Opening Saudi Arabia’s palaces to the world

25 January 2024

 

Mark DeCocinis is leading Boutique Group’s efforts to leverage Saudi Arabia’s history and heritage and position the kingdom for a new future as a global tourism destination. 

The CEO has two broad objectives. The first is to repurpose palaces in the kingdom into luxury hotels. The second, which runs concurrently, is to create Saudi Arabia’s first home-grown luxury hospitality brand.

“We have three palaces under construction now, at different phases,” says DeCocinis. 

“There is Tuwaiq, in Riyadh’s Diplomatic Quarter [where Boutique Group’s headquarters are located], which has about 96 keys, and 56 of them are villas surrounding the main palace building. 

“We have the Red Palace (pictured above), which has about 71 keys, and Al-Hamra, which is a massive project,” he adds. 

“The land for Al-Hamra is almost 100,000 square metres, with a main palace building. It has 81 keys.”

The projects are at various stages of development. “The Red Palace is the most advanced. We hope to open all three of them in 2025. The Red Palace will probably be first, in the second quarter. Tuwaiq will open in the middle of the year, and Al-Hamra will probably open in late 2025.”

Renovation work

Boutique Group oversees the redevelopment of the palaces, working with consultants and contractors. “We have a project management team, and we also do the design and development work with the architects and the designers,” says DeCocinis. “We don’t do the actual construction, but we are in charge of the whole project.”

While he is unable to comment on the cost of the projects, DeCocinis, who has overseen projects worldwide before joining Boutique Group, confirms that renovating old buildings is more expensive than building something new. “In my experience, it is usually double [the cost],” he says. 

“This is not about our return on investment (ROI),” he adds. “Of course, we don’t want to lose money, but the vision and the direction of [Crown Prince Mohammed bin Salman al-Saud] is to reflect Saudi culture, heritage and hospitality. That is the ROI for us. ”

Renovating palaces requires a delicate touch and a level of respect for their former owners. 

“These were residences of former kings and their families, and although they will now be used for guests, we really had to protect the integrity of the design and the architecture, and the culture and heritage of each one,” says DeCocinis. 

While technically complex, the construction work is only part of the story. “Boutique is about Saudi culture, history and hospitality. That is what makes the difference – we own the assets, and we will also manage them,” he says.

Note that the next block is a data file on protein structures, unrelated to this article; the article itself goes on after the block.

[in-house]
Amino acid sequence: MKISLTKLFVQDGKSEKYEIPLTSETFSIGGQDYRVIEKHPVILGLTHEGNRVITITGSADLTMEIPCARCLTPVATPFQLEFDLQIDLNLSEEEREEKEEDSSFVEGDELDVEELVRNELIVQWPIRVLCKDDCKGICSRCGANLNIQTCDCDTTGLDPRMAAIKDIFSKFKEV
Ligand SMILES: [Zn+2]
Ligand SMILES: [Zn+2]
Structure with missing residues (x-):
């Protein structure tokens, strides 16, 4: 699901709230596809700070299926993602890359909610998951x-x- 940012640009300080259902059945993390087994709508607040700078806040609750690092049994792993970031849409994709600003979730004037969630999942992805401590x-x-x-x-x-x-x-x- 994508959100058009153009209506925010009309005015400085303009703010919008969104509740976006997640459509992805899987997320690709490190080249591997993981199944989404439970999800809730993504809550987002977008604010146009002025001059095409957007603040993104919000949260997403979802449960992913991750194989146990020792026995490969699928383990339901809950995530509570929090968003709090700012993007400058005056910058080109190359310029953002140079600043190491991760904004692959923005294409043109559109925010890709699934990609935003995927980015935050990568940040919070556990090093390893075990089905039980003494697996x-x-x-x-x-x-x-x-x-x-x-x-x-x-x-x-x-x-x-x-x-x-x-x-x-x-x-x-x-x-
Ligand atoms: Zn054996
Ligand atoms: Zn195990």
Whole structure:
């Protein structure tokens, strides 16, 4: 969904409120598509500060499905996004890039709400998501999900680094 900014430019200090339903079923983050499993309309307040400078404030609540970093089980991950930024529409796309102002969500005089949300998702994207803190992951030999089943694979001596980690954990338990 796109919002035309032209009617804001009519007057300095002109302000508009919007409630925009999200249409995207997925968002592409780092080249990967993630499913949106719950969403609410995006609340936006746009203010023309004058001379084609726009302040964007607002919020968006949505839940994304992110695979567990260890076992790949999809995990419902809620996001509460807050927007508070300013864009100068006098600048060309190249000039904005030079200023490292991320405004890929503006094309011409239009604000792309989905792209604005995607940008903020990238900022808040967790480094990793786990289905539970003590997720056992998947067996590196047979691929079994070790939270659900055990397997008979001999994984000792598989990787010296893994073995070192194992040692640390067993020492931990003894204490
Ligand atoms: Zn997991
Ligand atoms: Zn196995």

We are focusing on the very top 2 per cent of leisure and business travellers

Target market

Once the projects open, Boutique Group’s target market will be high-end tourists. “We are focusing on the very top 2 per cent of leisure and business travellers,” says DeCocinis.

This will be royal families and high-level government officials, financiers, wealthy entrepreneurs, sports stars and celebrities. “I would say over 60 per cent of them will be from Saudi Arabia, then there will be guests from the GCC, then Europe, and then the rest of the world. That is how we see it in percentage terms.” 

Targeting the top 2 per cent of travellers will require a service-focused approach to operations. 

“We will be there to serve our guests, but it will be unobtrusive and very personalised,” DeCocinis says, adding: “We won’t have service areas in public view because we want to treat our guests like royalty.”

Future plans

Boutique Group’s ambitions are not limited to the three projects already under development. “We have three other palaces that will be announced soon,” says DeCocinis. “We don’t have a goal of how many palaces we would like to own and operate. What we will do is carefully look at each location.”

The company also aims to expand internationally. “We could apply the same principles that we have developed here in Saudi Arabia in other markets,” says DeCocinis. 

“The properties might not be palaces, but they could be other historic buildings. We could restore them and manage them. 

“Many European countries have beautiful palaces, villas or buildings that can be converted. There are also places like Morocco,” he adds. “I think the opportunities are endless.”

While the ambition is to go global, the focus for now is on delivering in Saudi Arabia. 

“We have to do our part here – start small, grow and evolve. But in the future we want to take the face of Saudi Arabia to the world. We are just the ambassadors to do that,” DeCocinis concludes. 

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Colin Foreman
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